Eleanor Ross Taylor was born in 1920 in Norwood, North Carolina, and graduated from Women’s College, now the University of North Carolina at Greensboro, in 1942.  While studying at Vanderbilt University, Caroline and Allen Tate introduced her to novelist Peter Taylor, whom she would marry in 1943.

Her poetry has been described as elegiac, lyric and feminine; writer Erica Howsare explains, “The southernness of her background makes her tend to rein in her formidable intellect and biting wit with an uneasy deference to form and convention. This tension may be witnessed in her use of both metrical and nonmetrical lines. Just when the organization of her poems seems on the verge of wavering, she returns to the restraint with which most of them begin.” Since her first publication, Wilderness of Ladies in 1960, Taylor has published five collections of poetry: Welcome Eumenides (1972), New and Selected Poems (1983), Days Going/Days Coming Back (1991), Late Leisure (1999), and Captive Voices: New and Selected Poems (2009),which have earned her critical acclaim and several awards. Among these awards are the Poetry Society of America’s Shelley Memorial Prize (1997-1998), a fellowship with the American Academy of Arts and Letters (1998), the Library of Virginia’s Literary Award for Poetry (2000) and the Aiken Taylor Award for Modern Poetry (2001).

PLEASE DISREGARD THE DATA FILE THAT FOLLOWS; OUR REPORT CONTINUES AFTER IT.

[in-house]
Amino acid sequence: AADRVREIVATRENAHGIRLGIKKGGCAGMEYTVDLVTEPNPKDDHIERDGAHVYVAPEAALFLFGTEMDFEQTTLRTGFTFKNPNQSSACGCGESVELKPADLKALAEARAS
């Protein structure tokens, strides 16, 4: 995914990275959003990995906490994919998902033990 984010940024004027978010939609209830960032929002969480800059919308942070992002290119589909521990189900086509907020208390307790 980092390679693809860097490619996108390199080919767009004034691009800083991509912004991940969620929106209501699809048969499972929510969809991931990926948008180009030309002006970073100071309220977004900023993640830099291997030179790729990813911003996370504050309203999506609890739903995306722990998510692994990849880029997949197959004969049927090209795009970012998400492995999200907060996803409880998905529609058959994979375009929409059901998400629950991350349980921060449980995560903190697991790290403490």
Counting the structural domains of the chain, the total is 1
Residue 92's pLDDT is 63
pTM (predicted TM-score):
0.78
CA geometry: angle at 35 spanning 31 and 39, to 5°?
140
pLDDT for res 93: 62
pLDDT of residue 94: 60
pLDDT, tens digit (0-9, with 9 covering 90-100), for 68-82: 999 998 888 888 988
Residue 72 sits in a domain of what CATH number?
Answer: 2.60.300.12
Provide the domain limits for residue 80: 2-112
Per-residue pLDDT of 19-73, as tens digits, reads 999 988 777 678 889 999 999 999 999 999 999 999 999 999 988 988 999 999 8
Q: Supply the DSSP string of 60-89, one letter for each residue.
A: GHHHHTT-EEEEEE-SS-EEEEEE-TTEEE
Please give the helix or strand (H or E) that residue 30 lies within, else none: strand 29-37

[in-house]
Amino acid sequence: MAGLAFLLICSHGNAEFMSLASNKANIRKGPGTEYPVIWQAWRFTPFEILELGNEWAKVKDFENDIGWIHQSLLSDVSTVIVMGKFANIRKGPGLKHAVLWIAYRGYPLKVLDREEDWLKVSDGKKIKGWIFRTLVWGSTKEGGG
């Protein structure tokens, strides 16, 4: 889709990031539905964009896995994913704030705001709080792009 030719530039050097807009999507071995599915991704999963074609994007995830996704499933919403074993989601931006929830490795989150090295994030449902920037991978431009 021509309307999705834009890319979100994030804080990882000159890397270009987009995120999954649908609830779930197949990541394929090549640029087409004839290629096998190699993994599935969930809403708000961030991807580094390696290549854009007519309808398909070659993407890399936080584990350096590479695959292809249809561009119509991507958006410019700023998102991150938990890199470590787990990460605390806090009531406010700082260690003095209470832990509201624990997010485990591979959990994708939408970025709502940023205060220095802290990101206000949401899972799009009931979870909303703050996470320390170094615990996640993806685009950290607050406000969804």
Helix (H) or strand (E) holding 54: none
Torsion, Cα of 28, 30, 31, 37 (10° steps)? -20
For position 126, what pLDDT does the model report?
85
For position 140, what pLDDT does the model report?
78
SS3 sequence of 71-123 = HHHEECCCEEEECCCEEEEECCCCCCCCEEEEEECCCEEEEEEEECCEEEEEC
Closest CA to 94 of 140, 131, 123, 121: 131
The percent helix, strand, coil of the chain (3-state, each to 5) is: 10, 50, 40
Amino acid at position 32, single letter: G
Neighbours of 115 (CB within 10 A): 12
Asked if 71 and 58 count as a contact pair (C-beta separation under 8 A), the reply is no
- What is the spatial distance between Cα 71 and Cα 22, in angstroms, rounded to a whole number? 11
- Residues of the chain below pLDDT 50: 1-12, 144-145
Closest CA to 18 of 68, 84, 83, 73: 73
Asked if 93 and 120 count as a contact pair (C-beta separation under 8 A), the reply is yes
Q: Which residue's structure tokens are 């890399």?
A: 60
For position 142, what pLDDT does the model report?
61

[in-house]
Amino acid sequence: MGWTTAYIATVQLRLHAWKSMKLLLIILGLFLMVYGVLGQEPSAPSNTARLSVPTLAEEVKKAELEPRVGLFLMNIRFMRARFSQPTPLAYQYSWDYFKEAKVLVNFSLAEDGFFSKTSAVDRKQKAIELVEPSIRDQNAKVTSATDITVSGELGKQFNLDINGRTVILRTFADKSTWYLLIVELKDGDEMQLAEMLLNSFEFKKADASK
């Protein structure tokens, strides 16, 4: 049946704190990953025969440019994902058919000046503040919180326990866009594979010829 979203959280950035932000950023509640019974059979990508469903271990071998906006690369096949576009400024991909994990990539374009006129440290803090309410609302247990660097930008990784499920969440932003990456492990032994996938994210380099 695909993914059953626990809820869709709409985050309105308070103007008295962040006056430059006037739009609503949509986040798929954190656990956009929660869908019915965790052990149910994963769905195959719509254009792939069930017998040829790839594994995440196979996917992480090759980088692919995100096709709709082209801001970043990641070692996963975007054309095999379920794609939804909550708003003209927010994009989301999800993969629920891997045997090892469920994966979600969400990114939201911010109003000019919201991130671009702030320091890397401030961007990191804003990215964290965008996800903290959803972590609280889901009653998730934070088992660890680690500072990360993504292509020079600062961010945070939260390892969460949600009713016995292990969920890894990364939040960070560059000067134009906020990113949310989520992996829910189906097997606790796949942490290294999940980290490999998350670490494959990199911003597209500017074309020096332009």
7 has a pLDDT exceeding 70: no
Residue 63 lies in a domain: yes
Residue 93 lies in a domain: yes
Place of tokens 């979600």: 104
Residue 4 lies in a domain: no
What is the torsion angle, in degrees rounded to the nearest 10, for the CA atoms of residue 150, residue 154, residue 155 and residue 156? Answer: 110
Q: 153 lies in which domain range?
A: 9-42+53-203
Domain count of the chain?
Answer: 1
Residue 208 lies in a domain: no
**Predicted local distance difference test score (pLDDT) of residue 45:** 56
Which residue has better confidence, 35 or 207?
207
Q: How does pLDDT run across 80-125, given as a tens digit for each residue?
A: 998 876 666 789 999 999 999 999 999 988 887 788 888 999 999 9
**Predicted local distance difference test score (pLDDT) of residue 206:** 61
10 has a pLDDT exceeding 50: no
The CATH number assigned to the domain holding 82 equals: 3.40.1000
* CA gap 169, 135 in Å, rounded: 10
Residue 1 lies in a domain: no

Of her work, Adrienne Rich has said, “speak of the underground life of women, the Southern white Protestant woman in particular, the woman-writer, the woman in the family, coping, hoarding, preserving, observing, keeping up appearances, seeing through the myths and hypocrisies, nursing the sick, conspiring with sister- women, possessed of a will to survive and to see others survive.”

Taylor’s husband Peter Taylor died in 1994 after retiring from the University of Virginia. Taylor was elected to the Fellowship of Southern Writers in 2009 and the Poetry Foundation's Ruth Lilly Poetry Prize in 2010. She lived for many years in Charlottesville, Virginia.